Apple plans to let you connect your iPhone to satellites so you can contact emergency services in areas that don’t have cellular coverage, according to a new Bloomberg report. Bloomberg’s article was published after Apple analyst Ming-Chi Kuo said on Sunday that the iPhone 13 may be able to make satellite calls. Kuo often reveals details about Apple’s plans before the company officially announces them, but Bloomberg’s sources indicate that Apple’s approach to iPhone satellite connectivity may be more limited to begin with.
One feature, called Emergency Notification via Satellite, lets you text emergency services and emergency contacts when you don’t have a mobile signal by using a satellite network, according to Bloomberg. These messages have a maximum length and appear as a gray bubble instead of the green one used for text messages and the blue one used for iMessages. And when you send one of these messages to an emergency contact, it will reportedly continue even if Do Not Disturb mode is turned on, which can cause your message to be seen.
Another feature allows users to report emergencies. “The phone will ask what kind of emergency is going on, for example whether it is a car, boat, plane or fire”, Bloomberg reports. You can also send information such as your location and your Medical ID (which you can set in the Health app). You may also be able to notify emergency contacts at the time of reporting an emergency.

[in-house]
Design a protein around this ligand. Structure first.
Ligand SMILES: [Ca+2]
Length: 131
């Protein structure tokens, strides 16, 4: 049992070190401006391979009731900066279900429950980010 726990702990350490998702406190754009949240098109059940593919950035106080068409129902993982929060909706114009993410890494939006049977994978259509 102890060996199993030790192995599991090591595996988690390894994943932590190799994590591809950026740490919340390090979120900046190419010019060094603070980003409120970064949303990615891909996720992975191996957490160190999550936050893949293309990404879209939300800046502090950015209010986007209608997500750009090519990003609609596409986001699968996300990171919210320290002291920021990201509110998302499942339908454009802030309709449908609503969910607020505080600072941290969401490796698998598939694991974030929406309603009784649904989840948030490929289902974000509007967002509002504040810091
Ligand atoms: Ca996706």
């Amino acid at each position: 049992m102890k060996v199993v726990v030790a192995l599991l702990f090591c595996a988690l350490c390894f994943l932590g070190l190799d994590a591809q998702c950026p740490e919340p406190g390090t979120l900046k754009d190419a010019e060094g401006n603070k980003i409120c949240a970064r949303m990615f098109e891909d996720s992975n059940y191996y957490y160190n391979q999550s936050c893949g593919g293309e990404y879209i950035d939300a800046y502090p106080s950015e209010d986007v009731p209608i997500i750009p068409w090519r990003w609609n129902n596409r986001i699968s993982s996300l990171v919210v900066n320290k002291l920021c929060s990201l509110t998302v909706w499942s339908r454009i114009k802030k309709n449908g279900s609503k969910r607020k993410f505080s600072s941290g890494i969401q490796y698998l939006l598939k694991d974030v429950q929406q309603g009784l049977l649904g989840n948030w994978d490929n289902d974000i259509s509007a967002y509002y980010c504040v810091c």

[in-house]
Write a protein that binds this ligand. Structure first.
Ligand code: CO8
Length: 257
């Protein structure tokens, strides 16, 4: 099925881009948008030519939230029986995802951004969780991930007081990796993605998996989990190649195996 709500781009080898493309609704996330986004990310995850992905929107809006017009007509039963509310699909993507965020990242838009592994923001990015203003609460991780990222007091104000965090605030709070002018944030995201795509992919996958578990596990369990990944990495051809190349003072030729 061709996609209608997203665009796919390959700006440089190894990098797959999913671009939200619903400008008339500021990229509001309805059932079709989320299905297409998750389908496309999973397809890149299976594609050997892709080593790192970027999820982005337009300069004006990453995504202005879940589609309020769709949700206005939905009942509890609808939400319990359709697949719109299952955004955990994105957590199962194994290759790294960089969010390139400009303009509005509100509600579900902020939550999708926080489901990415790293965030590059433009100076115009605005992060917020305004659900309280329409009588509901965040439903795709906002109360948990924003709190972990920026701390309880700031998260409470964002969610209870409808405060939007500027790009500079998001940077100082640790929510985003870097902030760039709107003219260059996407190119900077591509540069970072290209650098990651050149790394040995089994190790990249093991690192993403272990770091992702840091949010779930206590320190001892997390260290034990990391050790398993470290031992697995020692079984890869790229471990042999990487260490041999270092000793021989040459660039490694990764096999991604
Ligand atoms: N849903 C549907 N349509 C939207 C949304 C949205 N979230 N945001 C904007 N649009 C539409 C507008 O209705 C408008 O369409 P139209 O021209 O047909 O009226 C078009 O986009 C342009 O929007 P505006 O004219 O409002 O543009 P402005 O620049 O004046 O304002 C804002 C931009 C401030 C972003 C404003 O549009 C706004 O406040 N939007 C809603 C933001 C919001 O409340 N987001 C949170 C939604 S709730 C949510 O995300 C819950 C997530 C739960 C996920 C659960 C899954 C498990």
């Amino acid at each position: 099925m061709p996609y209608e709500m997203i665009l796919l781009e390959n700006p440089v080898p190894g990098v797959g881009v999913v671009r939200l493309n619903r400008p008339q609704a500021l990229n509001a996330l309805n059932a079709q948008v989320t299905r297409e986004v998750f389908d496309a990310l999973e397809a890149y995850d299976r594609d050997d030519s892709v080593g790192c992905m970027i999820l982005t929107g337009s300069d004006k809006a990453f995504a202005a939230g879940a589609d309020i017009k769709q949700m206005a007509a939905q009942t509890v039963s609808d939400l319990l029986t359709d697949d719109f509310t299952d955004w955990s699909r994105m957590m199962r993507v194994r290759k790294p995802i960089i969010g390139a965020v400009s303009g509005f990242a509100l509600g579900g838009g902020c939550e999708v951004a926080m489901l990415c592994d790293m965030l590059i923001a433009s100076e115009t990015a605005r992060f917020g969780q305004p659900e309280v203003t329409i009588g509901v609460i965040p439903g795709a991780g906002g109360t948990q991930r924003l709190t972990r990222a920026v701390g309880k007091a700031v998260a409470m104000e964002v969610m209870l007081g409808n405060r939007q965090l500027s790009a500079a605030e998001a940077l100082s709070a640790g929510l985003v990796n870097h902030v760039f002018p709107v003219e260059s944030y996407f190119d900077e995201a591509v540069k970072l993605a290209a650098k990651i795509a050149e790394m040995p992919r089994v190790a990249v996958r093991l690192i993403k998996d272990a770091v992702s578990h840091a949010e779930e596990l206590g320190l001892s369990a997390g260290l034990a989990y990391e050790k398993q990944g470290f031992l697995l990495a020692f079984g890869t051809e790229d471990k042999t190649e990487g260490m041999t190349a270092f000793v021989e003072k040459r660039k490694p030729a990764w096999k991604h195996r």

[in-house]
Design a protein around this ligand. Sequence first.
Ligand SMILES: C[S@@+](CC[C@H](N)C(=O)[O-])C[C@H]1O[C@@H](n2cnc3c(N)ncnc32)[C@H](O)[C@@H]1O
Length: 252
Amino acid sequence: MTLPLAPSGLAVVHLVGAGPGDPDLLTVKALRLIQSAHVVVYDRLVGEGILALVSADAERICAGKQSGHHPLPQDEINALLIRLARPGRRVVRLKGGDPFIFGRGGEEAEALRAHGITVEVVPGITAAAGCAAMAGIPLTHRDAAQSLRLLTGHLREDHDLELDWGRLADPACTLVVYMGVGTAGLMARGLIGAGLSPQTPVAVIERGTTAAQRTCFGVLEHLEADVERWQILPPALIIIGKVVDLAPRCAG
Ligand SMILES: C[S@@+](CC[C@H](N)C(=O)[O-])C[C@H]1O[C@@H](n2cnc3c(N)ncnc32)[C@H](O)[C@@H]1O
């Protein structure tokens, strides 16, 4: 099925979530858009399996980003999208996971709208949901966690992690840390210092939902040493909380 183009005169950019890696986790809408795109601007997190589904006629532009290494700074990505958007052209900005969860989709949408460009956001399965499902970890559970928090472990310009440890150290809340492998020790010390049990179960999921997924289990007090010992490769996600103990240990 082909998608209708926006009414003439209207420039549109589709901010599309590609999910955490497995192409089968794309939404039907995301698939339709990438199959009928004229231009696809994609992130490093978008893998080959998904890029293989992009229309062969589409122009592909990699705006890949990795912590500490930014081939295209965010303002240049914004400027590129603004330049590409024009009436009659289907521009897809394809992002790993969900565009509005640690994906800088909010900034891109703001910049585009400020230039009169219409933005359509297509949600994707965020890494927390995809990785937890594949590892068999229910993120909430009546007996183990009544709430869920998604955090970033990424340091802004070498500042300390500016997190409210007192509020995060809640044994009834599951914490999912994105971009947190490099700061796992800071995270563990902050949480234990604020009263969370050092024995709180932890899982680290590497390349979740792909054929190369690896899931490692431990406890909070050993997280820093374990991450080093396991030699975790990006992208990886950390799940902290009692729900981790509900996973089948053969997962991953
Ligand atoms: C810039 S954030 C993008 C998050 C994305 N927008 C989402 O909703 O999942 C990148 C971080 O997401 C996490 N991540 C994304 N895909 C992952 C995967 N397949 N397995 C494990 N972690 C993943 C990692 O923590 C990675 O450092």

Bloomberg reports that the next iPhone may have the necessary hardware to make satellite calls. But a source tells Bloomberg that the new features probably won’t be ready before next year, with cold water on the idea that you could use them once you buy the next iPhone.
Apple did not immediately respond to a request for comment.
The new satellite connectivity features, when released, could eliminate the fear of contacting emergency services in an emergency or when you’re away from a cellular network. There is also the possibility that the features could provide another way to contact emergency services in the event of 911 outages, which occur occasionally.